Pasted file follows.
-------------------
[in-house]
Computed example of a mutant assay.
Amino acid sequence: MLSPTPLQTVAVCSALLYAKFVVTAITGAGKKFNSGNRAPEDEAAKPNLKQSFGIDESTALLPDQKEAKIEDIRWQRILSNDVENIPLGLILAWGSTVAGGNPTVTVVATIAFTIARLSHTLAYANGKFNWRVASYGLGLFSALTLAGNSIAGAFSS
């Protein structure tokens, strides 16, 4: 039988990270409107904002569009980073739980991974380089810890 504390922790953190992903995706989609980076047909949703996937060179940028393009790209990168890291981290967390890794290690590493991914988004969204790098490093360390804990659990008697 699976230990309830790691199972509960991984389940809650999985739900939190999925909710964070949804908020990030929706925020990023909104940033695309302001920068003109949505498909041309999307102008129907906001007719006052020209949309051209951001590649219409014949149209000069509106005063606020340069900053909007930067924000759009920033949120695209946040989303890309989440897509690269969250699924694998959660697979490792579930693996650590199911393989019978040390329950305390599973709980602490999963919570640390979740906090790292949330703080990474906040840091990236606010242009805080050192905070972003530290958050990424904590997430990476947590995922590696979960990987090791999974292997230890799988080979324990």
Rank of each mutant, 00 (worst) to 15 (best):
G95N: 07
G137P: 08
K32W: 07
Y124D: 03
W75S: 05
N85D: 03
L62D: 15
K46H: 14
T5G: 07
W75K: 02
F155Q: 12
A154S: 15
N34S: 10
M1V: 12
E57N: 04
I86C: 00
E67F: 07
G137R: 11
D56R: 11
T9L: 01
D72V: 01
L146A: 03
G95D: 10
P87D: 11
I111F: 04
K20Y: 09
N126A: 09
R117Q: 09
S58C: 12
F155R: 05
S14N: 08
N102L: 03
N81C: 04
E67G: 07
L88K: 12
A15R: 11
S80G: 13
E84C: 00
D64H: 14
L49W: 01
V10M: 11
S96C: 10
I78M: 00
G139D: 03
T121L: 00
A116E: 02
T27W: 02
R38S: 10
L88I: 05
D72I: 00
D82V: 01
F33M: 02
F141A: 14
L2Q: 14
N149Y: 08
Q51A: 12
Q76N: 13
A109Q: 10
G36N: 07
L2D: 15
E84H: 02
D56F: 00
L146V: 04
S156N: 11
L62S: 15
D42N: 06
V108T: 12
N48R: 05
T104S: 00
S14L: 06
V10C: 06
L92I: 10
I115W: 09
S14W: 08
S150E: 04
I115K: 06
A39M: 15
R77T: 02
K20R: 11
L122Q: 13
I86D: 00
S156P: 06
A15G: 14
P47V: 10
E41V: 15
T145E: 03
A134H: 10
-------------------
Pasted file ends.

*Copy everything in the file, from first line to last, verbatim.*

[in-house]
Computed example of a mutant assay.
Amino acid sequence: MLSPTPLQTVAVCSALLYAKFVVTAITGAGKKFNSGNRAPEDEAAKPNLKQSFGIDESTALLPDQKEAKIEDIRWQRILSNDVENIPLGLILAWGSTVAGGNPTVTVVATIAFTIARLSHTLAYANGKFNWRVASYGLGLFSALTLAGNSIAGAFSS
């Protein structure tokens, strides 16, 4: 039988990270409107904002569009980073739980991974380089810890 504390922790953190992903995706989609980076047909949703996937060179940028393009790209990168890291981290967390890794290690590493991914988004969204790098490093360390804990659990008697 699976230990309830790691199972509960991984389940809650999985739900939190999925909710964070949804908020990030929706925020990023909104940033695309302001920068003109949505498909041309999307102008129907906001007719006052020209949309051209951001590649219409014949149209000069509106005063606020340069900053909007930067924000759009920033949120695209946040989303890309989440897509690269969250699924694998959660697979490792579930693996650590199911393989019978040390329950305390599973709980602490999963919570640390979740906090790292949330703080990474906040840091990236606010242009805080050192905070972003530290958050990424904590997430990476947590995922590696979960990987090791999974292997230890799988080979324990």
Rank of each mutant, 00 (worst) to 15 (best):
G95N: 07
G137P: 08
K32W: 07
Y124D: 03
W75S: 05
N85D: 03
L62D: 15
K46H: 14
T5G: 07
W75K: 02
F155Q: 12
A154S: 15
N34S: 10
M1V: 12
E57N: 04
I86C: 00
E67F: 07
G137R: 11
D56R: 11
T9L: 01
D72V: 01
L146A: 03
G95D: 10
P87D: 11
I111F: 04
K20Y: 09
N126A: 09
R117Q: 09
S58C: 12
F155R: 05
S14N: 08
N102L: 03
N81C: 04
E67G: 07
L88K: 12
A15R: 11
S80G: 13
E84C: 00
D64H: 14
L49W: 01
V10M: 11
S96C: 10
I78M: 00
G139D: 03
T121L: 00
A116E: 02
T27W: 02
R38S: 10
L88I: 05
D72I: 00
D82V: 01
F33M: 02
F141A: 14
L2Q: 14
N149Y: 08
Q51A: 12
Q76N: 13
A109Q: 10
G36N: 07
L2D: 15
E84H: 02
D56F: 00
L146V: 04
S156N: 11
L62S: 15
D42N: 06
V108T: 12
N48R: 05
T104S: 00
S14L: 06
V10C: 06
L92I: 10
I115W: 09
S14W: 08
S150E: 04
I115K: 06
A39M: 15
R77T: 02
K20R: 11
L122Q: 13
I86D: 00
S156P: 06
A15G: 14
P47V: 10
E41V: 15
T145E: 03
A134H: 10